JM: Yeah. Well, she’s recent– very recently – she was label managing, and – yeah, but she’s recently moved into doing her own stuff full-time, which is really great for her because I think she will be able to put so much more energy into her music. But we’ve got a new label manager, now, who’s really awesome and we’re really excited to have him on board. But Jen’s awesome. Everyone in New Zealand should go check out their shows. I think they’re touring Tiny Ruins and Jen are touring as well. Which you are probably all over.

MD: We try to be!  My understanding was that the album, Basic Love, was kind of in the process of being made and written over quite a number of years, is that right?

JM: Yeah, I guess some of the songs were written a few years ago before I’d even done an EP, but we didn’t – some of the songs just didn’t make the EP, and I kept working on them and they changed and became different songs. And then, I – but some, like, most of the songs we wrote for Basic Love, I wrote in – I went up, kind of half-packed up my house in Melbourne and went back to stay at my mum’s house in the Sunshine Coast, which is in Queensland. And she lives in a little town called Sunshine Beach, and it’s really quiet and really… it’s kind of where I grew up. And so I just wrote a lot of the records there.

MD: It sounds idyllic. Writing in a place called Sunshine Beach.

JM: I know! It’s such a beautiful place. I mean, these days it’s getting a bit gentrified. But when I was growing up there it was just locals and everyone surfed in the town. It was a very low-key place. Like, one café and everyone knows everyone on first-name basis. And it’s really nice.

MD: Music-wise, what was it like for you growing up? What were you listening to, what kind of stuff were you exposed to?

JM: Mum and Dad listened to a lot of Simon and Garfunkel, and lots of folky stuff. I think they jammed early U2 quite a lot. I don’t know about modern U2. Early U2 has a special place in my heart. Oh, what else? Cowboy Junkies?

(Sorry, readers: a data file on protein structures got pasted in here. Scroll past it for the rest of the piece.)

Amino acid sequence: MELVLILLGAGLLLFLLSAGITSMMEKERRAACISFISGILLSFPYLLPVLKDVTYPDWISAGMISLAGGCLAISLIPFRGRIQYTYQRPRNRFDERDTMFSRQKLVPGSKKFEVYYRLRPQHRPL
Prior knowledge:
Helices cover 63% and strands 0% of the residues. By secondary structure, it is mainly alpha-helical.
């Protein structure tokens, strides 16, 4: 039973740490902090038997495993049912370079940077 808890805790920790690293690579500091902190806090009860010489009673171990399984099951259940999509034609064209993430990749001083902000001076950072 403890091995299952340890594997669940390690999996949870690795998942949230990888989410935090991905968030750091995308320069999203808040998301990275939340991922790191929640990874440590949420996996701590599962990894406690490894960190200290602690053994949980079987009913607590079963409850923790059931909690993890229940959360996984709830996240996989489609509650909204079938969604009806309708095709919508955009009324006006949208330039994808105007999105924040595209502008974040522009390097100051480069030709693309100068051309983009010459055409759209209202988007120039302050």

MD: Oh, I just spoke to the lead singer of that two days ago.

JM: Oh my God.

MD: Margo Timmins.

JM: That’s – too much information for me.

MD: I told her – I said, because you know, they’re coming here to play, and I said – I have a feeling that you’ve influenced a lot of… especially female vocalists. Here in New Zealand, we have a fairly big alt-country scene nowadays, that has grown since she was last here. And she seemed totally surprised by that. But yeah, your reaction only reinforces that.

JM: Yeah, they’re coming to Melbourne as well. I’m going to buy tickets. I can’t wait. Cool band.  Nick Drake was a big one. Yeah, and another big one for us in the family was The Church. Not the holy church, but the band, The Church.

MD: Yes, yes, yes, I picked up on that. Yeah, they’re great. I just saw them a little while – not too long ago, they were fantastic still.

JM: Yeah, they’re still doing an amazing live show.

MD: So would you say that stuff seeps into what you do now? In some form or fashion?

JM: I think so. I suppose that we are big on harmonies in Jade Imagine and I feel like a lot of the bands I grew up with, were big on that too. And I guess with, yeah, like bands like The Church and stuff, they kind of play, like both guitarists were playing, not just the root note chords in the songs that they wrote, they always would be playing different things to expand the song. It’s like they pulled apart the chord structure and each person was like, “Alright, well, I’ll play that part of that chord, and you play that part of that chord.” I think that’s what we try to do as well. Rather than all just playing the same four chords together, we try and push it and try and each play something that works together as a whole, but wouldn’t necessarily make sense if you heard it by itself. I guess that’s why it’s so hard, when I go into a radio or something, or do a solo performance of like – God, my guitar part does not make sense.  It needs the other three guitars, the guitars and the bass, to be like, “Oh, yeah.”

MD: That’s interesting. So obviously when you play here in Auckland and in New Zealand, we’ll hear the whole thing all together. You’re pretty much concentrating, I assume, on material from the album. Anything else we can expect from the live show that will be a surprise or be of interest?

JM: Mm! Um, well I suppose, we’re playing a few songs off the old EP, if anyone has ever listened to it over there. But, yeah, we’ll be playing mostly new stuff. I’m working on some projections.

MD: Oh!

JM: Hopefully that’ll be fun, and hopefully it’ll be ready. Most importantly. But I think I’m looking forward to just playing with the guys and girl. But yeah, no, I think it’ll be really fun!

Jade Imagine

Friday 30th August – The Others Way Festival 2019 (Milk! Records stage), Karangahape Road District, Auckland☥
Saturday 31st August – Leigh Sawmill, Auckland*
Sunday 1st September – Blue Smoke, Christchurch*